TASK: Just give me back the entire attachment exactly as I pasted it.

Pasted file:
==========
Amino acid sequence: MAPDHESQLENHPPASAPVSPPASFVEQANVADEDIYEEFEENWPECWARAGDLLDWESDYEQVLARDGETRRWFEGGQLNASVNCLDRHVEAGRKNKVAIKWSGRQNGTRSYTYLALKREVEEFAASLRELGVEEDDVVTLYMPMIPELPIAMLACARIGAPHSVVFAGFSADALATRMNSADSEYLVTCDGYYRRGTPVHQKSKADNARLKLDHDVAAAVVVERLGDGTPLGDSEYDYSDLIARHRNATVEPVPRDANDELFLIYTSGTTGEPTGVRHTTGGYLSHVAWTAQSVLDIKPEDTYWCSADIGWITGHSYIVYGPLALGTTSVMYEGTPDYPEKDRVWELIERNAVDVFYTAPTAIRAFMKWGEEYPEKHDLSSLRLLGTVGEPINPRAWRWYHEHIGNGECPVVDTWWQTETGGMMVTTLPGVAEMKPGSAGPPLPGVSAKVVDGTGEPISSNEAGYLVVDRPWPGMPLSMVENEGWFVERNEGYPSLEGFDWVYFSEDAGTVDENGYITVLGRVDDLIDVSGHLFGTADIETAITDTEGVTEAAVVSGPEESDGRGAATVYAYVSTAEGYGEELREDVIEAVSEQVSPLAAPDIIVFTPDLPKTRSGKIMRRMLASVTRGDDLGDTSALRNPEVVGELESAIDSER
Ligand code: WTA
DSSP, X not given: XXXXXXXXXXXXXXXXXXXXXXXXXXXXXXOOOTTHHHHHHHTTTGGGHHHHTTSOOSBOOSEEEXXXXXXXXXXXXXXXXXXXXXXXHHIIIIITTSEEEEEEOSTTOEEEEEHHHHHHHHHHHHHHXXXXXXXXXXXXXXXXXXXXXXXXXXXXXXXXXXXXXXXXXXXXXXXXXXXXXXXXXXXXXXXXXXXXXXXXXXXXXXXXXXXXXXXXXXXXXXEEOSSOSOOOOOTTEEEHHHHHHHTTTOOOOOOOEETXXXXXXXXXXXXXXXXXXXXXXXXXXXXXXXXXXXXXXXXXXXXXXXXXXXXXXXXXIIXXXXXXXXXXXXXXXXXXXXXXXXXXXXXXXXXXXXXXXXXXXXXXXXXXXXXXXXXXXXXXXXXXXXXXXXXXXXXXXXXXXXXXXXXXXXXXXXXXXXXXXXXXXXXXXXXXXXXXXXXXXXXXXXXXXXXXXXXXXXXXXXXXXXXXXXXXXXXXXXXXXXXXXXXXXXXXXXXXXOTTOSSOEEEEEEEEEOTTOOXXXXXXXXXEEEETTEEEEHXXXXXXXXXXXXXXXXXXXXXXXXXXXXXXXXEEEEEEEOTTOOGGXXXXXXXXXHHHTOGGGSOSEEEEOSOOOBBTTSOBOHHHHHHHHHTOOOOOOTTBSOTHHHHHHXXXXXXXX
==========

Amino acid sequence: MAPDHESQLENHPPASAPVSPPASFVEQANVADEDIYEEFEENWPECWARAGDLLDWESDYEQVLARDGETRRWFEGGQLNASVNCLDRHVEAGRKNKVAIKWSGRQNGTRSYTYLALKREVEEFAASLRELGVEEDDVVTLYMPMIPELPIAMLACARIGAPHSVVFAGFSADALATRMNSADSEYLVTCDGYYRRGTPVHQKSKADNARLKLDHDVAAAVVVERLGDGTPLGDSEYDYSDLIARHRNATVEPVPRDANDELFLIYTSGTTGEPTGVRHTTGGYLSHVAWTAQSVLDIKPEDTYWCSADIGWITGHSYIVYGPLALGTTSVMYEGTPDYPEKDRVWELIERNAVDVFYTAPTAIRAFMKWGEEYPEKHDLSSLRLLGTVGEPINPRAWRWYHEHIGNGECPVVDTWWQTETGGMMVTTLPGVAEMKPGSAGPPLPGVSAKVVDGTGEPISSNEAGYLVVDRPWPGMPLSMVENEGWFVERNEGYPSLEGFDWVYFSEDAGTVDENGYITVLGRVDDLIDVSGHLFGTADIETAITDTEGVTEAAVVSGPEESDGRGAATVYAYVSTAEGYGEELREDVIEAVSEQVSPLAAPDIIVFTPDLPKTRSGKIMRRMLASVTRGDDLGDTSALRNPEVVGELESAIDSER
Ligand code: WTA
DSSP, X not given: XXXXXXXXXXXXXXXXXXXXXXXXXXXXXXOOOTTHHHHHHHTTTGGGHHHHTTSOOSBOOSEEEXXXXXXXXXXXXXXXXXXXXXXXHHIIIIITTSEEEEEEOSTTOEEEEEHHHHHHHHHHHHHHXXXXXXXXXXXXXXXXXXXXXXXXXXXXXXXXXXXXXXXXXXXXXXXXXXXXXXXXXXXXXXXXXXXXXXXXXXXXXXXXXXXXXXXXXXXXXXEEOSSOSOOOOOTTEEEHHHHHHHTTTOOOOOOOEETXXXXXXXXXXXXXXXXXXXXXXXXXXXXXXXXXXXXXXXXXXXXXXXXXXXXXXXXXIIXXXXXXXXXXXXXXXXXXXXXXXXXXXXXXXXXXXXXXXXXXXXXXXXXXXXXXXXXXXXXXXXXXXXXXXXXXXXXXXXXXXXXXXXXXXXXXXXXXXXXXXXXXXXXXXXXXXXXXXXXXXXXXXXXXXXXXXXXXXXXXXXXXXXXXXXXXXXXXXXXXXXXXXXXXXXXXXXXXXOTTOSSOEEEEEEEEEOTTOOXXXXXXXXXEEEETTEEEEHXXXXXXXXXXXXXXXXXXXXXXXXXXXXXXXXEEEEEEEOTTOOGGXXXXXXXXXHHHTOGGGSOSEEEEOSOOOBBTTSOBOHHHHHHHHHTOOOOOOTTBSOTHHHHHHXXXXXXXX